When post-punk outfit IDLES first burst onto the scene, they were hard to gauge. The unflinching imagery in the group’s debut album, combined with the sheer heavy-weight angst of frontman Joe Talbot marked them out as one of the most in-your-face bands to emerge from the UK in a long long while. And yet, at the same time, their music seemed to contain something a great deal more heartfelt: lyrics that confronted the reality of caring for ones own parents, of grief, and of toxic masculinity. There is an aggression to IDLES that belies a deeper emotional sensitivity. In that way, they are unique. And whilst it has seen them accused of virtue signalling and champagne socialism, their honest approach has also garnered them a huge fanbase and made them one of the biggest bands in the UK.
Back in 2017, IDLES seemed absolutely unstoppable. After the success of 2016 singles ‘Well Done’ and ‘Divide & Conquer’, they released Brutalism to critical acclaim, heralding a new form of left-leaning punk that wore its liberalism on its sweat-drenched sleeve. That same year, Joe Talbot revealed his favourite horror film of all time, a piece so chilling it is still just as revered as it was when it was released in 1999.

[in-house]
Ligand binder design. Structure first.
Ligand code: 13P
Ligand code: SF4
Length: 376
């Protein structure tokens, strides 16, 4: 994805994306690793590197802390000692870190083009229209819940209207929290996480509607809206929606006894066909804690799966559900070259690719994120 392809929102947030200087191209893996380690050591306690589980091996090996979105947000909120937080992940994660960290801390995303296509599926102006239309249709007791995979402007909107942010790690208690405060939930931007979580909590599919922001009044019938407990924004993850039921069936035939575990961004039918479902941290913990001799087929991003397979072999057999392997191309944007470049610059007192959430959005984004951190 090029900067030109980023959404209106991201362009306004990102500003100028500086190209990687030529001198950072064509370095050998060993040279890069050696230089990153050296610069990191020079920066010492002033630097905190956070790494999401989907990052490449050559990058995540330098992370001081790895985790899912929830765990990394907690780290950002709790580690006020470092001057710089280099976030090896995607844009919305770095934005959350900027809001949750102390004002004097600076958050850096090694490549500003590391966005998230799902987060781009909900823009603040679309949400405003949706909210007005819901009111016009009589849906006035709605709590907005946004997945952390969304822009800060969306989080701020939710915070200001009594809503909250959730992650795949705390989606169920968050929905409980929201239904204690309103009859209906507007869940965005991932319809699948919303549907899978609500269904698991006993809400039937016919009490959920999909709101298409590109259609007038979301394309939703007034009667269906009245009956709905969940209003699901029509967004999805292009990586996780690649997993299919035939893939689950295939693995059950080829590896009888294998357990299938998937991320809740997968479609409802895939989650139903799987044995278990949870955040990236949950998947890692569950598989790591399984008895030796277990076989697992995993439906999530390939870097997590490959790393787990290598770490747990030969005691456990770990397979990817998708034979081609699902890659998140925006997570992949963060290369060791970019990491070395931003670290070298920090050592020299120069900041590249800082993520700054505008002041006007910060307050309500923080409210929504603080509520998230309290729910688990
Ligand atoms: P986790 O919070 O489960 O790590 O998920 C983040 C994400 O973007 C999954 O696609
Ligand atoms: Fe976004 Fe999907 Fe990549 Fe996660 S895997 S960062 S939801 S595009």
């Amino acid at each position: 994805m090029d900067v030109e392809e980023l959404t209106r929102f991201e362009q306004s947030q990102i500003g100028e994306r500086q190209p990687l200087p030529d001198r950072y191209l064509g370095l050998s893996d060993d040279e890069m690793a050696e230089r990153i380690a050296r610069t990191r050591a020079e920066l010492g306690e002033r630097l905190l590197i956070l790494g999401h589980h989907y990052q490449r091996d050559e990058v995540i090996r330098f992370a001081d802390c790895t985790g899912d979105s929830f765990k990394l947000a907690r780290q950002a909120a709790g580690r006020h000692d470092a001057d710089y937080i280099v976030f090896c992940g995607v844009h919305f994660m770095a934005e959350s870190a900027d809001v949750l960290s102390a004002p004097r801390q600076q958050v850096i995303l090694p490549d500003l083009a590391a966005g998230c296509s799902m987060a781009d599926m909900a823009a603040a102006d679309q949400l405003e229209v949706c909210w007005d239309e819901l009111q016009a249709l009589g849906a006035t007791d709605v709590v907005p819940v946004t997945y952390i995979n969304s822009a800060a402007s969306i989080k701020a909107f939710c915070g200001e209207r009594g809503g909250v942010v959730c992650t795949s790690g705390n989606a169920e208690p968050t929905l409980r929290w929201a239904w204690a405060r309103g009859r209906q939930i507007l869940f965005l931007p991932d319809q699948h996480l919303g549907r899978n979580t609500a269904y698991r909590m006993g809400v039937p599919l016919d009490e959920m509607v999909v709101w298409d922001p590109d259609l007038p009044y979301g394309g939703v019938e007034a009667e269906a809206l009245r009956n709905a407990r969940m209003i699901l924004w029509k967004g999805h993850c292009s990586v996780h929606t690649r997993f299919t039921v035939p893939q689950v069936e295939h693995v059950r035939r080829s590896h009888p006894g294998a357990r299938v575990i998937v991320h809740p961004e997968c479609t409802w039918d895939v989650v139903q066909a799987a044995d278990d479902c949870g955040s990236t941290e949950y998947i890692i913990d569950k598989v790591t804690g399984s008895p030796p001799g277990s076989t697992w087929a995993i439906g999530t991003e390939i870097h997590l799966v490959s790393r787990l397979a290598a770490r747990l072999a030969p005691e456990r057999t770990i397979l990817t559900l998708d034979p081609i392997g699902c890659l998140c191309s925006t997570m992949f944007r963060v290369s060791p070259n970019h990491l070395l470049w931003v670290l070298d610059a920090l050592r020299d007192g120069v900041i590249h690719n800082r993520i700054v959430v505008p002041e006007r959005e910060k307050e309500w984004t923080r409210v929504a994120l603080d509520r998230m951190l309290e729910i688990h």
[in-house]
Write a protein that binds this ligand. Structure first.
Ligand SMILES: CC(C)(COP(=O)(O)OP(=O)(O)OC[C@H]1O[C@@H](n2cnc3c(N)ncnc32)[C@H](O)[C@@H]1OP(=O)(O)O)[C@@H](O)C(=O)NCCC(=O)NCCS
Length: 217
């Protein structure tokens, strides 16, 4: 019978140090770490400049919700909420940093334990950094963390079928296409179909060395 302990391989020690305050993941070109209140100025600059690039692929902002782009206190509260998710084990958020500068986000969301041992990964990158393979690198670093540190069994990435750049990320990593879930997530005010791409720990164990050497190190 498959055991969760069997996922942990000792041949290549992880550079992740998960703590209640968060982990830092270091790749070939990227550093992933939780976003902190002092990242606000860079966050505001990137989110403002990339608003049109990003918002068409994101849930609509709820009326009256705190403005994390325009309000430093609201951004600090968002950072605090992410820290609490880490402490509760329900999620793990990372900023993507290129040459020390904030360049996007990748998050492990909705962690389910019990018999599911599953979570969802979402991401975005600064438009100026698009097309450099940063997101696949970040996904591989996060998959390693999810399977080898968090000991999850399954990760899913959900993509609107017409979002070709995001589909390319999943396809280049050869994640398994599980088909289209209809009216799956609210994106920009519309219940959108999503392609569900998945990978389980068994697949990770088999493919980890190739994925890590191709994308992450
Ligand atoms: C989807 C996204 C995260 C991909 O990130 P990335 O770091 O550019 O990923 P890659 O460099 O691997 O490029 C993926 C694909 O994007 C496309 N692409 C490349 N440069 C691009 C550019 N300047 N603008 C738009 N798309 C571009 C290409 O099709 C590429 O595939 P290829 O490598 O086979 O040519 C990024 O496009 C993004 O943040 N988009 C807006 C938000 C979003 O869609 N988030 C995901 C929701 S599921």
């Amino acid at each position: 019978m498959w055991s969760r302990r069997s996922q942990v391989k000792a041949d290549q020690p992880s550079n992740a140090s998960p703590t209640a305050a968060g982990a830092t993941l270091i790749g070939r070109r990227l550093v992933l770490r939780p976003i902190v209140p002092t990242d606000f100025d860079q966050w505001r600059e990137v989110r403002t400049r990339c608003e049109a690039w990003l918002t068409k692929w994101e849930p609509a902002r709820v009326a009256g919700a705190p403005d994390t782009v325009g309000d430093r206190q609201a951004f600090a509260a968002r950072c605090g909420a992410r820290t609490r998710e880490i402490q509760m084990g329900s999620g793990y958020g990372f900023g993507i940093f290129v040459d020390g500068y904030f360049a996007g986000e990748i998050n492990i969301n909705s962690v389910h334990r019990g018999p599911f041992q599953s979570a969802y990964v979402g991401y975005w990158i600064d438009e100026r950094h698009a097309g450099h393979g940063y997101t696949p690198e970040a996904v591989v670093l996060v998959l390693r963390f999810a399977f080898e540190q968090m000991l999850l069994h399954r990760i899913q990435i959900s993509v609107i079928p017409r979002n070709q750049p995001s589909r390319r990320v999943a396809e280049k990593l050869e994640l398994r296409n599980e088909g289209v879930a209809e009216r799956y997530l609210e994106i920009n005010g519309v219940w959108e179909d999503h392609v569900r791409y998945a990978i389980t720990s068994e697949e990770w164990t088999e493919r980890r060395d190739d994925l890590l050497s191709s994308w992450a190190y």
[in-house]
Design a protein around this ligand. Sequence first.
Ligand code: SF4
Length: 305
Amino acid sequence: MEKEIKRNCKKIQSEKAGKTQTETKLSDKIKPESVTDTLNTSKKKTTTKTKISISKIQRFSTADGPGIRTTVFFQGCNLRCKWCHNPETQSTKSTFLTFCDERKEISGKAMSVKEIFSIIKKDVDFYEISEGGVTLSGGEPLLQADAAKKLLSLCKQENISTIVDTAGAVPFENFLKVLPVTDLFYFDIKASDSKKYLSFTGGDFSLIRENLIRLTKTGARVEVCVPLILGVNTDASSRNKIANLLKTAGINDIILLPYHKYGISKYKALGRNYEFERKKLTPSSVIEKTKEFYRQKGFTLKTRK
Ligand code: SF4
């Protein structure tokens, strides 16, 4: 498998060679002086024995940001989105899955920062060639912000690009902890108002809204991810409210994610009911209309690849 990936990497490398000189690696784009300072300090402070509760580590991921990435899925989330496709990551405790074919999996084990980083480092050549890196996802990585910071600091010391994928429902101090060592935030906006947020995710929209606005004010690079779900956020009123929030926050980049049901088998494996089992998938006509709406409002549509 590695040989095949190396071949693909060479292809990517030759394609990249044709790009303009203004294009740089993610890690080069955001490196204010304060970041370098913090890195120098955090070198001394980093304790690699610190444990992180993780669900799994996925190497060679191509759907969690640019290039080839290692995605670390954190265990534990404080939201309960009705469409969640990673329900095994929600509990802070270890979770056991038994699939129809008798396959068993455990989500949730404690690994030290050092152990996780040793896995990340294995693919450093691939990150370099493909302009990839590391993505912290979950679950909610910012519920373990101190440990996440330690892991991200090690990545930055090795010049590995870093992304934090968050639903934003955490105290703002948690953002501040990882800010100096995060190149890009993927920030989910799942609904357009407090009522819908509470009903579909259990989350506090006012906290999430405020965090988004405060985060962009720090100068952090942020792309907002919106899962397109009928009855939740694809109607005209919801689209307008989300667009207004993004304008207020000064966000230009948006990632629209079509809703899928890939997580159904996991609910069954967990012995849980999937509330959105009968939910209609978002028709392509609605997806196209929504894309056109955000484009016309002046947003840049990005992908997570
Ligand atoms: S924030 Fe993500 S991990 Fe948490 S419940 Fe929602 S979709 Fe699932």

“My favourite horror movie is The Blair Witch Project”, Talbot wrote. “It was the first time I felt true empathy for the victims as the hand-held cameras felt so claustrophobic and their predicament so real. I felt trapped in the cinema and I remember it sat with me for days. It was also the first website I ever went on.
“It took five minutes to load and I remember sitting patiently in the school library with my friend as we argued as to whether it was real or not. I think its verisimilitude is something that I strive for with my art. It’s one of the only horror films I’ve enjoyed because I prefer realism. I don’t like to escape with my art I like to believe it and live it. I want our audiences to believe our songs and feel trapped with me.”
“We argued as to whether it was real or not,” he added, in what is an extremely relatable note about a now-iconic movie. It is The Blair Witch Project’s startling ability to convince audiences that the chilling events it depicts are entirely real that has made it an enduring classic.
Relying on a combination of hand-held cameras and cast improvisation, Daniel Myrick and Eduardo Sánchez revolutionised the horror genre, telling the story of a group of student filmmakers who hike into the Black Hills near Burkittsville, Maryland to film a documentary about a local legend known as the Blair Witch.
The audience is shown what Myrick and Sánchezis cunningly describe as “recovered footage,” completely blurring our understanding of what is real and what is not. As the presence of the witch grows stronger, we follow the students as they gradually lose their minds, falling under the spell of a creature that we never – not even once – get to see.